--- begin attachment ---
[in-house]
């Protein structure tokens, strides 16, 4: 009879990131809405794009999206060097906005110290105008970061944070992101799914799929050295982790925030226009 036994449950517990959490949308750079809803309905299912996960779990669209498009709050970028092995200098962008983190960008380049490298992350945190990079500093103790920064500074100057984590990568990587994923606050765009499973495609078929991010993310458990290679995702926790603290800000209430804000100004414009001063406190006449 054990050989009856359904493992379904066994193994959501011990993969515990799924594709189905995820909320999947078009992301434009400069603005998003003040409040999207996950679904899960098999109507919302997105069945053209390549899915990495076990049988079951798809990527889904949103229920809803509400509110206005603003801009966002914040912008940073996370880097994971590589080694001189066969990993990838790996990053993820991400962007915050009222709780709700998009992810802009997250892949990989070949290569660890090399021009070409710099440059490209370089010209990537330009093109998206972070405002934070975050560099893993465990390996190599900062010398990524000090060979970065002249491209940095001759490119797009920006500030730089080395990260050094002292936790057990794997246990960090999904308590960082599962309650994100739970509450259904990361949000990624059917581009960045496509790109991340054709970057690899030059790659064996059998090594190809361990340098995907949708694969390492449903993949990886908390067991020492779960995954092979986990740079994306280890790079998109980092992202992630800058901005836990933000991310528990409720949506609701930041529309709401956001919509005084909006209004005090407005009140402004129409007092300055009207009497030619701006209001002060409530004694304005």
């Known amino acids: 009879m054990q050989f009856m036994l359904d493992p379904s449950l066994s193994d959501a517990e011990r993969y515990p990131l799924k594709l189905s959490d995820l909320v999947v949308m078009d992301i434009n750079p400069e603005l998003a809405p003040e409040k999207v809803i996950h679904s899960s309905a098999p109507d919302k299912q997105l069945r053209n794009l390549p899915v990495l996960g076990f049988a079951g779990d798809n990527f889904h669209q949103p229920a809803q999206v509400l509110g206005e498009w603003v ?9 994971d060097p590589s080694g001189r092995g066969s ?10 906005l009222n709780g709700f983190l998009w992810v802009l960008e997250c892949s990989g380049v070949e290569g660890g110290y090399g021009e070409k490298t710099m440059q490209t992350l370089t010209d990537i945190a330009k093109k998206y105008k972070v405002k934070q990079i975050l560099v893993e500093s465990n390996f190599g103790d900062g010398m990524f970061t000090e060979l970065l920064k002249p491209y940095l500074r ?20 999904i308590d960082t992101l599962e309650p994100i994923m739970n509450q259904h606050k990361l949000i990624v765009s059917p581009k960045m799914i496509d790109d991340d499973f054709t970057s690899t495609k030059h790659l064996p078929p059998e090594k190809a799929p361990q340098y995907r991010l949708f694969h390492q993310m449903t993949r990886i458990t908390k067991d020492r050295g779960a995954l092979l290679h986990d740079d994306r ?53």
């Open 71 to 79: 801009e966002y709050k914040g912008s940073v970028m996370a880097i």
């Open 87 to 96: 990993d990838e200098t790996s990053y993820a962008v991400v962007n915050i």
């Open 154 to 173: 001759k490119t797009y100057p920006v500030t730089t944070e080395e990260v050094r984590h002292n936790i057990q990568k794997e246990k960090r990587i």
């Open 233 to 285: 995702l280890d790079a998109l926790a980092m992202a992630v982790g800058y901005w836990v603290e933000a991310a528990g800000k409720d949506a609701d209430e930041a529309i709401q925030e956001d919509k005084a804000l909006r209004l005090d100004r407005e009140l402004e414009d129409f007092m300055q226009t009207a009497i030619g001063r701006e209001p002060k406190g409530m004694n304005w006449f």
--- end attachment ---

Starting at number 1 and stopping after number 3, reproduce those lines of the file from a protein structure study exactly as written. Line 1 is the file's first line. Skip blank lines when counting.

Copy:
[in-house]
């Protein structure tokens, strides 16, 4: 009879990131809405794009999206060097906005110290105008970061944070992101799914799929050295982790925030226009 036994449950517990959490949308750079809803309905299912996960779990669209498009709050970028092995200098962008983190960008380049490298992350945190990079500093103790920064500074100057984590990568990587994923606050765009499973495609078929991010993310458990290679995702926790603290800000209430804000100004414009001063406190006449 054990050989009856359904493992379904066994193994959501011990993969515990799924594709189905995820909320999947078009992301434009400069603005998003003040409040999207996950679904899960098999109507919302997105069945053209390549899915990495076990049988079951798809990527889904949103229920809803509400509110206005603003801009966002914040912008940073996370880097994971590589080694001189066969990993990838790996990053993820991400962007915050009222709780709700998009992810802009997250892949990989070949290569660890090399021009070409710099440059490209370089010209990537330009093109998206972070405002934070975050560099893993465990390996190599900062010398990524000090060979970065002249491209940095001759490119797009920006500030730089080395990260050094002292936790057990794997246990960090999904308590960082599962309650994100739970509450259904990361949000990624059917581009960045496509790109991340054709970057690899030059790659064996059998090594190809361990340098995907949708694969390492449903993949990886908390067991020492779960995954092979986990740079994306280890790079998109980092992202992630800058901005836990933000991310528990409720949506609701930041529309709401956001919509005084909006209004005090407005009140402004129409007092300055009207009497030619701006209001002060409530004694304005």
């Known amino acids: 009879m054990q050989f009856m036994l359904d493992p379904s449950l066994s193994d959501a517990e011990r993969y515990p990131l799924k594709l189905s959490d995820l909320v999947v949308m078009d992301i434009n750079p400069e603005l998003a809405p003040e409040k999207v809803i996950h679904s899960s309905a098999p109507d919302k299912q997105l069945r053209n794009l390549p899915v990495l996960g076990f049988a079951g779990d798809n990527f889904h669209q949103p229920a809803q999206v509400l509110g206005e498009w603003v ?9 994971d060097p590589s080694g001189r092995g066969s ?10 906005l009222n709780g709700f983190l998009w992810v802009l960008e997250c892949s990989g380049v070949e290569g660890g110290y090399g021009e070409k490298t710099m440059q490209t992350l370089t010209d990537i945190a330009k093109k998206y105008k972070v405002k934070q990079i975050l560099v893993e500093s465990n390996f190599g103790d900062g010398m990524f970061t000090e060979l970065l920064k002249p491209y940095l500074r ?20 999904i308590d960082t992101l599962e309650p994100i994923m739970n509450q259904h606050k990361l949000i990624v765009s059917p581009k960045m799914i496509d790109d991340d499973f054709t970057s690899t495609k030059h790659l064996p078929p059998e090594k190809a799929p361990q340098y995907r991010l949708f694969h390492q993310m449903t993949r990886i458990t908390k067991d020492r050295g779960a995954l092979l290679h986990d740079d994306r ?53």